• “We ended the year equalling our record-breaking earnings from tourism of US$3.64 billion, and the [2022/23] fiscal year, which I will report on when we make our [2023/24] budget presentation, is going to show US$4.2 billion earnings in tourism, which would be US$500 million more than 2019, which is the best year in our history,” Mr. Bartlett said.
  • He highlighted that the 2022/23 winter season has, so far, “started with a bang,” with January’s figures, to date, showing a 463% increase over last year and 29 percentage points growth over 2019.
  • As tourism continues to drive Jamaica’s recovery, the improvements in the sector are anticipated to continue positively contributing to both economic growth and job creation in 2023.

(Source: JIS news)

Jamaica's NIR increased in December Published: 12 January 2023

  • Jamaica's Net International Reserves (NIR) increased in December. At the end of the month, the NIR was US$3.98 billion.
  • This was $128.1 million higher than November’s reserves of $3.85 billion. The reserves at the end of December could cover up to 25 weeks of goods and services imports.
  • The concept of Net International Reserves (NIR) is widely used as an indicator of a country’s external vulnerability. It is defined as the difference between reserve assets and reserve liabilities with reserve assets being readily available claims on nonresidents denominated in foreign convertible currencies and reserve liabilities being all foreign exchange liabilities to residents and non-residents.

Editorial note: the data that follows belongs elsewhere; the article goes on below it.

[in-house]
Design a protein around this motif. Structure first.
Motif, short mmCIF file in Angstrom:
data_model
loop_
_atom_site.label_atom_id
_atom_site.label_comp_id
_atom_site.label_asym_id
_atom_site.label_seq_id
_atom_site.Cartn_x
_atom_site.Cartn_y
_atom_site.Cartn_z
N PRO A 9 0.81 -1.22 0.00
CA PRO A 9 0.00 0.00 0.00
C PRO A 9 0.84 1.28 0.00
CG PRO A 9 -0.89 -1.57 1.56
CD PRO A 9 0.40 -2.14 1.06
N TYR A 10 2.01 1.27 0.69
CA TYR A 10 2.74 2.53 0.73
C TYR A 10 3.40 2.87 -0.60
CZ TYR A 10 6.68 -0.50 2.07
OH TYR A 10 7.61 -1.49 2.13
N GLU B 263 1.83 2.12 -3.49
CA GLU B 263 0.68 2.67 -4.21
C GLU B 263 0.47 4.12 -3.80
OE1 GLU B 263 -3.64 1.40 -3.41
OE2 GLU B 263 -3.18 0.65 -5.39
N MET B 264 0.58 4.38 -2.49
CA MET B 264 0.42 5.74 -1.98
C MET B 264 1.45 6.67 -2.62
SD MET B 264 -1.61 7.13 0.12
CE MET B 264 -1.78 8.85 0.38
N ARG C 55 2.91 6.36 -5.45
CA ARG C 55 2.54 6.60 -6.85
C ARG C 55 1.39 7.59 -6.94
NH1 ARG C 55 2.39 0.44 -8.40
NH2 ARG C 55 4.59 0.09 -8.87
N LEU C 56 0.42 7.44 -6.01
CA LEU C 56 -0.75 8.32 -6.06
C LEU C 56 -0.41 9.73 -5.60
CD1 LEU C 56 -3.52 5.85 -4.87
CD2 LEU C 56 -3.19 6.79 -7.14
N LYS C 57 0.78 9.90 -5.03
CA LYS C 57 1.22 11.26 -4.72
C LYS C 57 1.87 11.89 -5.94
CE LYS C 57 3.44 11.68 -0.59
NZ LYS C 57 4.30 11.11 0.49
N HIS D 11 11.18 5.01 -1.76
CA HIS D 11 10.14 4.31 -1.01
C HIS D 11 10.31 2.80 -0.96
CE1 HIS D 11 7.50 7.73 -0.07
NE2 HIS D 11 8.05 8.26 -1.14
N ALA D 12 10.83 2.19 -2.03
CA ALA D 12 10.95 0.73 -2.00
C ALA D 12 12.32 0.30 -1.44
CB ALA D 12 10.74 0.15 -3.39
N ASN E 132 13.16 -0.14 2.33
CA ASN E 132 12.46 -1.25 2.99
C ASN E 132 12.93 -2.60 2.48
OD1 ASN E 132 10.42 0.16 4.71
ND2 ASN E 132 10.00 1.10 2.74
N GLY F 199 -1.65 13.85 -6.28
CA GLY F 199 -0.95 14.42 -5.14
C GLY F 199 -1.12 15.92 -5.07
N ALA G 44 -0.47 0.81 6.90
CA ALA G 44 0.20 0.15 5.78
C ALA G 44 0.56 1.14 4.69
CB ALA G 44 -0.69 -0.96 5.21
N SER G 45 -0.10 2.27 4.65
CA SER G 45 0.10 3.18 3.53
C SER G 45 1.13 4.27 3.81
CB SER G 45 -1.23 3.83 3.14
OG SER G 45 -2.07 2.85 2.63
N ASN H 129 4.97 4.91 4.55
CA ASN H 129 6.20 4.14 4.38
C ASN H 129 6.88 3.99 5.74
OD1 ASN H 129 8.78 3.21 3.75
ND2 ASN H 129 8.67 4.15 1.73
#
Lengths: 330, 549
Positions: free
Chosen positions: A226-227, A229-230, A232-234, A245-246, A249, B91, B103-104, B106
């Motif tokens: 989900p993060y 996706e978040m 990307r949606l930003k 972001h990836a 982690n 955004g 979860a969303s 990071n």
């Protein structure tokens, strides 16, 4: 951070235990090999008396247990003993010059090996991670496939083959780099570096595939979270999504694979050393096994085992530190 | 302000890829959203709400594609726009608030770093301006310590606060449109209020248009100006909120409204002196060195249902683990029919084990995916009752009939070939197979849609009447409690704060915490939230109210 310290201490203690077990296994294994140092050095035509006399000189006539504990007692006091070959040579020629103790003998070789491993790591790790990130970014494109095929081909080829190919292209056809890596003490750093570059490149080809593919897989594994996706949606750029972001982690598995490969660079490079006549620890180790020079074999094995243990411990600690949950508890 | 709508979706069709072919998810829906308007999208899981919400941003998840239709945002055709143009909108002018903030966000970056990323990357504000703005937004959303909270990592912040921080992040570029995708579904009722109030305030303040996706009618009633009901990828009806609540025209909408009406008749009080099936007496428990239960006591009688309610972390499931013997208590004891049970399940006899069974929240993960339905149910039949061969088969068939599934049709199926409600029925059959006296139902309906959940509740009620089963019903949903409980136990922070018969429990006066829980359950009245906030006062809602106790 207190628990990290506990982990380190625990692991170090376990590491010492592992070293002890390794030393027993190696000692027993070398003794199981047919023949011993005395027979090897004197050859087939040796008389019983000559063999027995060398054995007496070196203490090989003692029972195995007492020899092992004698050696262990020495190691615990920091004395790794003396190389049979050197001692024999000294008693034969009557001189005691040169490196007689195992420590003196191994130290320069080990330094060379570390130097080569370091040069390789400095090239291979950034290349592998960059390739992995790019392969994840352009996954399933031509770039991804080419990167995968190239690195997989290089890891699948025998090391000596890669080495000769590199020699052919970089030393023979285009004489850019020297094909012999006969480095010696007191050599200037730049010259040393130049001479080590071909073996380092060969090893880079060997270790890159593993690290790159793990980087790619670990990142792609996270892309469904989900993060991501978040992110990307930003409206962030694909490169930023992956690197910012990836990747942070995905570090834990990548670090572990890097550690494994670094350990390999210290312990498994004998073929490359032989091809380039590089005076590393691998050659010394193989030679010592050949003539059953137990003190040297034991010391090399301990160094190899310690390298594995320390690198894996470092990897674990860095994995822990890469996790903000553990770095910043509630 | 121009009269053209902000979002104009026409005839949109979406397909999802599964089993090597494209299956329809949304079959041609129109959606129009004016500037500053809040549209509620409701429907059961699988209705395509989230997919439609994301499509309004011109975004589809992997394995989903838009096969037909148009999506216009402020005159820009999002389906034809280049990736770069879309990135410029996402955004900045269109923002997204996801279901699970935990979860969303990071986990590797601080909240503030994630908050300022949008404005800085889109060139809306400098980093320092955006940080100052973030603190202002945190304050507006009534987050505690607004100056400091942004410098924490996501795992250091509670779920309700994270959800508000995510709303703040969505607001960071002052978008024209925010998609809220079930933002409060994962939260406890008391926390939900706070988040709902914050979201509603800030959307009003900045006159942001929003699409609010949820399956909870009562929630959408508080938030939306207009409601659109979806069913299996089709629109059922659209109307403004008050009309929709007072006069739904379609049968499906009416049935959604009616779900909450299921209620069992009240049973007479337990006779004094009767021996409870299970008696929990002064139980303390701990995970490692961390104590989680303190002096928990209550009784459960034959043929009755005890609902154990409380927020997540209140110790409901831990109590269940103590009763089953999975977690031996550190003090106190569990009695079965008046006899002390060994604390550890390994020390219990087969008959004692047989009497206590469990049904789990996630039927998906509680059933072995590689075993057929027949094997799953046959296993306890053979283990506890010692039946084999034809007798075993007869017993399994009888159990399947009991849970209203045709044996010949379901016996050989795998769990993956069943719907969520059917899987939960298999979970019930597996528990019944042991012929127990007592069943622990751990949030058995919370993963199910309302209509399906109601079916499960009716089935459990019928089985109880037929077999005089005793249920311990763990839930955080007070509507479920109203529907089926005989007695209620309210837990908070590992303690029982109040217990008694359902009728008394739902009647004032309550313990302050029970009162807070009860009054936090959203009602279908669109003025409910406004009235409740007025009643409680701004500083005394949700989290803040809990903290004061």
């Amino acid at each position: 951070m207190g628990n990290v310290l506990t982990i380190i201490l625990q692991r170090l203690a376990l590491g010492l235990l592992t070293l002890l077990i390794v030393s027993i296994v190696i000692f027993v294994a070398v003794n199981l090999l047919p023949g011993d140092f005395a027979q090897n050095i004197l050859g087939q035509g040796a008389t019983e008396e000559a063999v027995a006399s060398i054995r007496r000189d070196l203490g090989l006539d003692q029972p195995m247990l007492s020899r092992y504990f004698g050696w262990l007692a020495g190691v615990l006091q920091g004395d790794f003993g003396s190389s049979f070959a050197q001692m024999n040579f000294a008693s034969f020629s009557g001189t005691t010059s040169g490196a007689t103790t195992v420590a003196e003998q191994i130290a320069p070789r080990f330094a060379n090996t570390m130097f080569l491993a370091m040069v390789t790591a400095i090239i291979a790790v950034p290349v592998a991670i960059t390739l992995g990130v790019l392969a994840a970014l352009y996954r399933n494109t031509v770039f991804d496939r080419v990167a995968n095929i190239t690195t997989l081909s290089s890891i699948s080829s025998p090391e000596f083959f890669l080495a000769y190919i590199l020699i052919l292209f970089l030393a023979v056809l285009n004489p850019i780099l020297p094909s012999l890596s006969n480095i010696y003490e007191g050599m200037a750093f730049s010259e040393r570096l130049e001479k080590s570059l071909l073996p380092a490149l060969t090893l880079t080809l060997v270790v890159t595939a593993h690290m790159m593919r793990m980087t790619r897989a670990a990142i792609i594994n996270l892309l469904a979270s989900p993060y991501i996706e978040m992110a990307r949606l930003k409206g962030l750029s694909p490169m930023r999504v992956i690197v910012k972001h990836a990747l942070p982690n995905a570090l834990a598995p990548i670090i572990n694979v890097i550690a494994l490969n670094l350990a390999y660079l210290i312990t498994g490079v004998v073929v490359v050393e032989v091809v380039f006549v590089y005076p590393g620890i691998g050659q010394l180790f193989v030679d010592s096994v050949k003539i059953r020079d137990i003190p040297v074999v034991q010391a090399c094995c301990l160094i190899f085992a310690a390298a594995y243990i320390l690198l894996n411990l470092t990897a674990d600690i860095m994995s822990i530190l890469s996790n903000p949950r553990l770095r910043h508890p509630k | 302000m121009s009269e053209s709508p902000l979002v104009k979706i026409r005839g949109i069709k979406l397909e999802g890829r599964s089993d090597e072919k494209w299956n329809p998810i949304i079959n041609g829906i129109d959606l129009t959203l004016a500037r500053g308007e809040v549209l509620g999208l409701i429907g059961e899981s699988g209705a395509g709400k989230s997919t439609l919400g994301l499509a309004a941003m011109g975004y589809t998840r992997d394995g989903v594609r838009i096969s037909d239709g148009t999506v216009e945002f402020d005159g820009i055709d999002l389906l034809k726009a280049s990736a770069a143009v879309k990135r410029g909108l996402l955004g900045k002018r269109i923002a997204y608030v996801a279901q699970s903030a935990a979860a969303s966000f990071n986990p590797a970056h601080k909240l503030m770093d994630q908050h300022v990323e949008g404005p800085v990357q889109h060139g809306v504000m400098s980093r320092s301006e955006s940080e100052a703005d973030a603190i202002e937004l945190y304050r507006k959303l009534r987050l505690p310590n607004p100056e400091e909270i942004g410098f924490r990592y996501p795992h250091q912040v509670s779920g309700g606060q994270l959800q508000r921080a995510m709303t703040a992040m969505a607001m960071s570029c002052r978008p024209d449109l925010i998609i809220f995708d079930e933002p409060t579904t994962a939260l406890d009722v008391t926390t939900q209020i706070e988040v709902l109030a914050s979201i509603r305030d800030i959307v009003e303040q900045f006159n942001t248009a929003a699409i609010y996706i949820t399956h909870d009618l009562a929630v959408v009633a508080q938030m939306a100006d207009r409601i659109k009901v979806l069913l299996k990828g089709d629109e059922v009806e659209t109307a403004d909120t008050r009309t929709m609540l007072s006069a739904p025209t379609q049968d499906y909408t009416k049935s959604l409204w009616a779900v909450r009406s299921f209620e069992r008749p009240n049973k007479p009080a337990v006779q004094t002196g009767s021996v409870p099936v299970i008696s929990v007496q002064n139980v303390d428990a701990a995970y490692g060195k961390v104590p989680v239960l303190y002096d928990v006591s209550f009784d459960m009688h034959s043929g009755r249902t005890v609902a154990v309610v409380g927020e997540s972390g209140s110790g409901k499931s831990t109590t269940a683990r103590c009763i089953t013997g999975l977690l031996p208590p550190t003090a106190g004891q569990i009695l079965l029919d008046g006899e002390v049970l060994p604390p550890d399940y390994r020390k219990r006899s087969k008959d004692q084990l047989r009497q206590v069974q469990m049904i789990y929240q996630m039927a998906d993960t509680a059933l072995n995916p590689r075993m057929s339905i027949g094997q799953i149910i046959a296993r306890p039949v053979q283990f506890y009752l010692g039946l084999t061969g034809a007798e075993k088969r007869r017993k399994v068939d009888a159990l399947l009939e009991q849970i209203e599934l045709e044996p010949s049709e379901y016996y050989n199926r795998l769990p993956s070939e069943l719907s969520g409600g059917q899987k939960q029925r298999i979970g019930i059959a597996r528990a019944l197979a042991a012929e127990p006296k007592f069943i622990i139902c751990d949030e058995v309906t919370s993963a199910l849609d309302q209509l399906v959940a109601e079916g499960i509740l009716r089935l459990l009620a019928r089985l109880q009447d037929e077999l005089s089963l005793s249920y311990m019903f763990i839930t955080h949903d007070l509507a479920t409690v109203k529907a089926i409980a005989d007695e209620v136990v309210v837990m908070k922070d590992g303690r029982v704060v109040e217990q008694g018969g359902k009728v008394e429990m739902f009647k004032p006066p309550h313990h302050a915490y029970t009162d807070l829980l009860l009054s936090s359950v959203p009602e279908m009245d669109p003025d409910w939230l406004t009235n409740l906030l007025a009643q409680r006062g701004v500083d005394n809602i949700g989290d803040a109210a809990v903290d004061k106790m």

• With a global recession being anticipated, an improvement in the NIR puts the country in a better position to withstand adverse exogenous shocks. Moreover, the government is also better positioned to service debt-related obligations should adverse economic conditions arise.

(Source: RJR News)

Sharp Decline In Exports From Guyana Published: 12 January 2023

  • Exports from Guyana fells from 68.1% in 2021 to 16.8% last year, a new report from the Inter-American Development Bank (IDB) stated. According to the Bank, the value of goods exports from Latin America and the Caribbean increased at an estimated rate of 18.8% in 2022, which represented a sharp decline. The downward trend in the region’s external sales contracted during this period, after growing 27.8% in 2021, according to a report by the IDB.
  • The region’s export performance was mainly explained by higher prices, while volumes lost momentum. In the coming months, the export growth rate is expected to slow in response to the downward trend in commodity prices, the war in Ukraine, restrictive monetary policies to reduce inflation and the slowdown in global growth.
  • The latest edition of Trade Trends Estimates: Latin America and the Caribbean has found that “After a rapid recovery in 2021, a series of global shocks have sent exports from Latin America and the Caribbean into a slowdown that will continue into 2023. Reversing this trend will be key to shoring up economic growth in the region,” said Paolo Giordano, Principal Economist at the IDB’s Integration and Trade Sector.
  • The region’s external sales were driven by shipments to the United States, which are estimated to have grown by 21.3% in 2022. Demand from the rest of Latin America and the Caribbean’s major trading partners slowed dramatically compared to 2021. Sales grew by 2% to China, 14% to the European Union, and 25.6% to Latin America and the Caribbean.
  • Exports from the Caribbean rose by an estimated 38% in 2022 after growing by 44.4% in 2021. The United States accounted for most of the increase, followed by the European Union. Latin America and the Caribbean’s total imports increased at an estimated rate of 26.3% in 2022, after growing by 37.4% in 2021.

(Source: Kaieteur News)